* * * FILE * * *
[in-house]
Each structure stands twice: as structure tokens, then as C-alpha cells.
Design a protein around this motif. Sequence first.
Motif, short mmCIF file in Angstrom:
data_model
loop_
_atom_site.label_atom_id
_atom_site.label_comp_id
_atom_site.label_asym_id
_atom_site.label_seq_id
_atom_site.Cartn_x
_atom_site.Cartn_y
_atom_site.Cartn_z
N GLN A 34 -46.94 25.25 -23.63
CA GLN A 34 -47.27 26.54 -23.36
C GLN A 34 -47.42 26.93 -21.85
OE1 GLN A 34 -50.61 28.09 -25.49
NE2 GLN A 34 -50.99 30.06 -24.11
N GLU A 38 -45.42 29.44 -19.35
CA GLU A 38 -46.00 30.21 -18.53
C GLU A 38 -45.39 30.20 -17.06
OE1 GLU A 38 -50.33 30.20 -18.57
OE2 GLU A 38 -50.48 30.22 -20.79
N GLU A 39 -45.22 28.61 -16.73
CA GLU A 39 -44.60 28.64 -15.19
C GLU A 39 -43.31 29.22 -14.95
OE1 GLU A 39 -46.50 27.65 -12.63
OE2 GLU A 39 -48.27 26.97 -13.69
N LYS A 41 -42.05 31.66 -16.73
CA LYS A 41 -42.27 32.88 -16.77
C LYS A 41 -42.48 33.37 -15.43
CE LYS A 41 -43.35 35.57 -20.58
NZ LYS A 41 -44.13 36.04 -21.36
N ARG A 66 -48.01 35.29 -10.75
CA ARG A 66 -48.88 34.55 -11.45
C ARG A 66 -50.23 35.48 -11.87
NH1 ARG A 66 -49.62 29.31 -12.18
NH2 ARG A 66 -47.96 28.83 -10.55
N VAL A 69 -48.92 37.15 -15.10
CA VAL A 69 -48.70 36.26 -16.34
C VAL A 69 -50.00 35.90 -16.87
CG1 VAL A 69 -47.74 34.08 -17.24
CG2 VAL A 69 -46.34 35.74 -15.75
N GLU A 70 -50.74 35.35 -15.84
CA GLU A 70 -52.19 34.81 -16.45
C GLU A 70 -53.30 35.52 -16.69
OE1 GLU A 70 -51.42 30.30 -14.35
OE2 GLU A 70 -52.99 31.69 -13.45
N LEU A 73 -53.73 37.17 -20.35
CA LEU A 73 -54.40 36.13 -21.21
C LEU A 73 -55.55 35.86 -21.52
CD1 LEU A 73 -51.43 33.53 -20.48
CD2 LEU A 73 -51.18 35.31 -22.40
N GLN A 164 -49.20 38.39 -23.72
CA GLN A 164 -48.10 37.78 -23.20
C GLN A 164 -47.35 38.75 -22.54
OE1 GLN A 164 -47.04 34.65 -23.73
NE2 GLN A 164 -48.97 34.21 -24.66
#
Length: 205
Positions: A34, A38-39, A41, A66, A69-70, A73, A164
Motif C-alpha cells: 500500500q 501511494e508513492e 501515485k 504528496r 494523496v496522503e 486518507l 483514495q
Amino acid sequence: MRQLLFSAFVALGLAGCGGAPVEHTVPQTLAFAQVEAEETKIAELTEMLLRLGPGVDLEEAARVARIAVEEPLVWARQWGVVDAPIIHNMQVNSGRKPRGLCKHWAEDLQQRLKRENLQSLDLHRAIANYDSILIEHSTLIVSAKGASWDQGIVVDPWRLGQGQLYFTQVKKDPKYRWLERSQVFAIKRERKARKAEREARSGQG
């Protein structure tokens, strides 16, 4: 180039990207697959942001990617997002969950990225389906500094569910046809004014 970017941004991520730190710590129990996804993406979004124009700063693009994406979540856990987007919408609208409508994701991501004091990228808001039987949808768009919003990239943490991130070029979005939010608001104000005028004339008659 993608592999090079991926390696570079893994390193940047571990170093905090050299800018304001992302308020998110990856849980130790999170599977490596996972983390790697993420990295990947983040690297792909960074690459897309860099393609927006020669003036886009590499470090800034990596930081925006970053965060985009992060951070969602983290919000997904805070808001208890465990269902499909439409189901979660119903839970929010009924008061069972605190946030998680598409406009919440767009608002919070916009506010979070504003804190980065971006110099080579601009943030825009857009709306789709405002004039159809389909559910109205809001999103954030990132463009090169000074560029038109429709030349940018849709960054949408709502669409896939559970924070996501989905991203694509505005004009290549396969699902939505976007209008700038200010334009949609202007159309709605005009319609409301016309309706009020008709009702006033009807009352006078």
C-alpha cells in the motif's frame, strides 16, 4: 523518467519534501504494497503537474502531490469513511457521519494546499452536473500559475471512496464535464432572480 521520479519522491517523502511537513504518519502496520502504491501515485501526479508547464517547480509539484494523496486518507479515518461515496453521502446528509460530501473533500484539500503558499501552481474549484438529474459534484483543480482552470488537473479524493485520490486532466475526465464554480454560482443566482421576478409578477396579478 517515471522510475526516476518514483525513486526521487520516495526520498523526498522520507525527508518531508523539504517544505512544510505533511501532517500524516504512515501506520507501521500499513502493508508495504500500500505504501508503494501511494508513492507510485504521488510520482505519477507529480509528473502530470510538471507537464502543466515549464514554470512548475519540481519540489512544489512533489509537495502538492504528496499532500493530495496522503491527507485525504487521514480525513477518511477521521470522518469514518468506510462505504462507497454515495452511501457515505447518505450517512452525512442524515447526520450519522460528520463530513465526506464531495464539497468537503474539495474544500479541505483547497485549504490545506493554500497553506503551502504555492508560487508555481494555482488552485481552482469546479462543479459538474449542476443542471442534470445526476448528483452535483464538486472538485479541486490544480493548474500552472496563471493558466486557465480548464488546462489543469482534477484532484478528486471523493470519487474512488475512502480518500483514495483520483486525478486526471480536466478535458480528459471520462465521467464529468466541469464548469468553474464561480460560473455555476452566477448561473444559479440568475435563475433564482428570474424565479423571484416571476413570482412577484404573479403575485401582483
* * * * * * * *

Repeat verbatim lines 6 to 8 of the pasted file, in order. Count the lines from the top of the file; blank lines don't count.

loop_
_atom_site.label_atom_id
_atom_site.label_comp_id